Paradise Approaches: On Teaching Writing with Paradise

Very soon, I’ll be back on the path toward the Socratic method and collaborative discoveries. With this Spring semester, sprouts a newly developed course for my fresh faced classes. I am going to teach a class designed by yours truly, me, a young professor. I’m igniting a course called, “The Pursuit of Paradise.” In the past, for this level of English class, I taught another course I designed called, “The Idea of I.” Perhaps high from the success of the identity course, I proposed this new “paradise” course which parallels the identity course in route, but not in subject.

During “The Idea of I,” we examined current understandings and cultural connotations/denotations surrounding the use of first person as well as the term, identity, itself. The class always starts at the same point, students have a very concrete and uniform idea of what “I” is (typically, expected details such as age, culture, gender, hobbies, name etc. define their selves initially). As we read, explore and write about “I,” they sweat with curiosity and confusion; we unravel their perceived notions. It can lead us into strange educational territories that contrast but align with the straightforward territories of knowledge or comprehension; these strange territories include grandiosity, over-analysis, cockiness, distrust, wisdom, certainty, uncertainty, rigidity, fluidity, insecurity and more. Critically analyzing popular connotations of popular terms like “identity” can lead to a semblance of vulnerability within the mind, because the human is suddenly aware that he/she like everyone else has also been duped by the power of rhetoric and rhetorical devices. But like a messy birth, by the end of the course, the students have concocted their own, very individualized ideas on the notion of “I” and the term, “identity.”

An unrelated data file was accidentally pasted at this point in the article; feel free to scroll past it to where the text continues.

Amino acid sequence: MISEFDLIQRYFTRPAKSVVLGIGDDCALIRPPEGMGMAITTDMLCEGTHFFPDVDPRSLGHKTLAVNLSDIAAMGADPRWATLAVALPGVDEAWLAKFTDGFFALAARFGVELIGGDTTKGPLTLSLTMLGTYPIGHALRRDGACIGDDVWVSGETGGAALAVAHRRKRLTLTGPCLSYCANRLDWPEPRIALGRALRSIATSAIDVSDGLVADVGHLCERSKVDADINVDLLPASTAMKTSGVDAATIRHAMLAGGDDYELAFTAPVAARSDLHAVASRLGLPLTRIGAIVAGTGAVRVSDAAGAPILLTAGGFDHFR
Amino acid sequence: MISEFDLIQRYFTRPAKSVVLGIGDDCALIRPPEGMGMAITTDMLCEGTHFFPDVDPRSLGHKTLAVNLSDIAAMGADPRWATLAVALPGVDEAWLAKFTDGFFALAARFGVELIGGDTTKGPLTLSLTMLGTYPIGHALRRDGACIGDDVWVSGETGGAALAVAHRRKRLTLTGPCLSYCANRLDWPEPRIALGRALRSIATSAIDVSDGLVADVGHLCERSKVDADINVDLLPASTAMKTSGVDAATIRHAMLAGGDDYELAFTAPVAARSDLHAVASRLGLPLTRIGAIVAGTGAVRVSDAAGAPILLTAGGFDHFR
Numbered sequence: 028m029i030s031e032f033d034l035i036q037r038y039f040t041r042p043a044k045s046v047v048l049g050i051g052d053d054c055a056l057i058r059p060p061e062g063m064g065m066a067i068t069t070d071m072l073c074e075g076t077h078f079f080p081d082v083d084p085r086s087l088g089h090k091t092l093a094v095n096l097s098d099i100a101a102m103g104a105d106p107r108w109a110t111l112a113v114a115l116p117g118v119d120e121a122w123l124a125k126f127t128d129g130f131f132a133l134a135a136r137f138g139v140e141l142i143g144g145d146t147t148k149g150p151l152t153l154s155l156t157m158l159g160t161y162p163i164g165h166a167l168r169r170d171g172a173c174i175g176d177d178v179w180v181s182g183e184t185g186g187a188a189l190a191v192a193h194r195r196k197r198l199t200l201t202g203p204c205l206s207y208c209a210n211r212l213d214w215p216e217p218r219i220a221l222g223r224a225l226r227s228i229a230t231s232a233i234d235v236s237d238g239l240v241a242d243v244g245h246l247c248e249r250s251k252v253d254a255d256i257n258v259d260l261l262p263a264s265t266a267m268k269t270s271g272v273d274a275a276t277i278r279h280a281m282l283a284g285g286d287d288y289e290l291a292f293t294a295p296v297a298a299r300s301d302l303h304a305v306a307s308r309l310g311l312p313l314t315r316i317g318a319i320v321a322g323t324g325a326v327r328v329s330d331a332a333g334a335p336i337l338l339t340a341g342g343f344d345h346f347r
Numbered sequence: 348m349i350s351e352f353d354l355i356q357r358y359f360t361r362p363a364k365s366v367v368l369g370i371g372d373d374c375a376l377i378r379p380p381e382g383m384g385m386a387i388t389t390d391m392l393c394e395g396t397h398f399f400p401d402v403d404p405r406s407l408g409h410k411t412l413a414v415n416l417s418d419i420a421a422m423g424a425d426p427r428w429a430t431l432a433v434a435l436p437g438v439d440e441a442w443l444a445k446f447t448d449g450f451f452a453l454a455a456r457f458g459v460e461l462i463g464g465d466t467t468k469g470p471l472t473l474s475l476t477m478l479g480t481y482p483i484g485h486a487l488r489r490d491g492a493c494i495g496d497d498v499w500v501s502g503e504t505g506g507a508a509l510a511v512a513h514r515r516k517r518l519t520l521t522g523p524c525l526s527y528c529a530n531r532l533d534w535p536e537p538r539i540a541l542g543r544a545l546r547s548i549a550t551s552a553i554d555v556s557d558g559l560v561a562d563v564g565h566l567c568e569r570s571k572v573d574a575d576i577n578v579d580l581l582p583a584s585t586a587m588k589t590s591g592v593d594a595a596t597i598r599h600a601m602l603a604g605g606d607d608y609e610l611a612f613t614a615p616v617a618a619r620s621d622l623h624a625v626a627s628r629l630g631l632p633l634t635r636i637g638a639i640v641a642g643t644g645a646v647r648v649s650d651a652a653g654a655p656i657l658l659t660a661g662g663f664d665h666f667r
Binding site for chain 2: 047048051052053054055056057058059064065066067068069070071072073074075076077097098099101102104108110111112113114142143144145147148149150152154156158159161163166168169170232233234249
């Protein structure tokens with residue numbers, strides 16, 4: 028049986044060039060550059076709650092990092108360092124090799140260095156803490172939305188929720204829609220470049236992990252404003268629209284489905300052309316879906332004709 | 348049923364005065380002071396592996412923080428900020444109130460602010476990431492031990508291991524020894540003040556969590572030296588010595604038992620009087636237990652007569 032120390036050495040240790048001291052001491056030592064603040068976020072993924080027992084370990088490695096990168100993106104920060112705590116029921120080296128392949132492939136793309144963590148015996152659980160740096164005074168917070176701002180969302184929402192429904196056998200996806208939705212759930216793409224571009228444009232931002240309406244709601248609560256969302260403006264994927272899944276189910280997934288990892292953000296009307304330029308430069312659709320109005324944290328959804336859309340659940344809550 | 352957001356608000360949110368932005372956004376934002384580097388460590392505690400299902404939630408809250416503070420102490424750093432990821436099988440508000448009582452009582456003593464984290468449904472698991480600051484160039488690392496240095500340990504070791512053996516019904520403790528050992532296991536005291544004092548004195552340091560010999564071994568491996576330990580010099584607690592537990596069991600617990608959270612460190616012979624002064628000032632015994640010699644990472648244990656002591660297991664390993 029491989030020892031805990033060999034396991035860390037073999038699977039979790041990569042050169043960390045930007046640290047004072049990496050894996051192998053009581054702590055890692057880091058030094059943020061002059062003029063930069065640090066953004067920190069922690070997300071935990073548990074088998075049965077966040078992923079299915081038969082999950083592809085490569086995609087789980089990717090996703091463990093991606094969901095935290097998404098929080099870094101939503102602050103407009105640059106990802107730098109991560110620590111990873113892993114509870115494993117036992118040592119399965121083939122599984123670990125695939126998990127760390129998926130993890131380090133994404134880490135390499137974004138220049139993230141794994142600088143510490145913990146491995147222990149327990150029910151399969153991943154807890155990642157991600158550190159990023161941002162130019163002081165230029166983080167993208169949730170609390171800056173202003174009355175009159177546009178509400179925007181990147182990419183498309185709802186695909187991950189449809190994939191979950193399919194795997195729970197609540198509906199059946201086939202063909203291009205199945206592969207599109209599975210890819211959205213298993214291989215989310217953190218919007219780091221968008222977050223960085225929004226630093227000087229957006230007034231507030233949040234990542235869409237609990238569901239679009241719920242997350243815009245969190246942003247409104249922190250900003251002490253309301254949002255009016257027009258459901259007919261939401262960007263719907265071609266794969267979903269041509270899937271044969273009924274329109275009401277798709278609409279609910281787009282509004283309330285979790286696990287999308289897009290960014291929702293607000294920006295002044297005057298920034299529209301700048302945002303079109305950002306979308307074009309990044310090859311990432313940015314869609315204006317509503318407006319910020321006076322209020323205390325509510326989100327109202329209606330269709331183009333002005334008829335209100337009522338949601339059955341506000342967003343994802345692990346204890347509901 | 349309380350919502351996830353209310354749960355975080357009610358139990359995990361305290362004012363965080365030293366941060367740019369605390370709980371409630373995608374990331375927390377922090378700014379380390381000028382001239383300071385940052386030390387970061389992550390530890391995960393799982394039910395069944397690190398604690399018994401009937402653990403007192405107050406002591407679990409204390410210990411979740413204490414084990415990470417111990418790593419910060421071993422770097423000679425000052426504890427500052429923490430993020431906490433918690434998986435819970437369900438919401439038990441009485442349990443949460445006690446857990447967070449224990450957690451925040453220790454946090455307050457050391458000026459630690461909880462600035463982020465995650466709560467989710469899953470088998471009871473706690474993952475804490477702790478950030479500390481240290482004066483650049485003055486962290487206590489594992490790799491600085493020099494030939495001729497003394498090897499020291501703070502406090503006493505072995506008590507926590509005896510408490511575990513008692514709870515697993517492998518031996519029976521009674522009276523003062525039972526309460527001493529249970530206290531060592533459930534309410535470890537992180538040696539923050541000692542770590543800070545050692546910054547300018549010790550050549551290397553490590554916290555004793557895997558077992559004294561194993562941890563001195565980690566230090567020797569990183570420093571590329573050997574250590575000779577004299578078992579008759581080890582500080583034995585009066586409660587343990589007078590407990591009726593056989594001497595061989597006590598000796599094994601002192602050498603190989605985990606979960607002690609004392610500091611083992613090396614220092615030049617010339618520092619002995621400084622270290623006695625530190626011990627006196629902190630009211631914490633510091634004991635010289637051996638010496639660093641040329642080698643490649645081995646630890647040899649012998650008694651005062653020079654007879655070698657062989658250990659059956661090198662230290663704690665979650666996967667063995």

The overall outcome of the course is a sense of self-empowerment as they not only walk away with their own evolving definitions of their selves, but also, they walk away with the shiny armors of writing and rhetoric as well as a new awareness of the environment’s potential impacts on a self’s development. It’s very exciting and very fulfilling. I see through a new angle of vision every class; it’s the byproduct of so many unique minds. My self grows too.

Unlike in the “I” course, which entails a lot of first person narrative, autobiography and psychology articles, the “paradise” course will deal with much different materials. I intend to start with one page-turning fictional narrative, Alexander Garland’s The Beach which also produced a popular film (at one time, I had considered the movie very hip and edgy in middle school and unbelievably most of these students have never seen it! They will definitely comment on how scrawny the hunky Leonardo Di Caprio aka the Wolf of Wall street was) that should attach their interests (hopefully).Teaching Writing with Paradise

Then we will dive into more unstable discussions of paradise which ironically take place in the mud of history. I have a thick non-fiction book on the syllabus about the history of Florida’s Everglades, Michael Grunwald’s The Swamp, which so turbulently, was/is both paradise and hell. Aspects of its historical turbulence align well with the War in Vietnam (Grunwald 45), particularly during the battles against the Seminoles. This book I hope will breed discussion on the human cost of paradise as well as the deeply disparate perceptions of paradise between cultures.

Teaching Writing with Paradise

The Everglades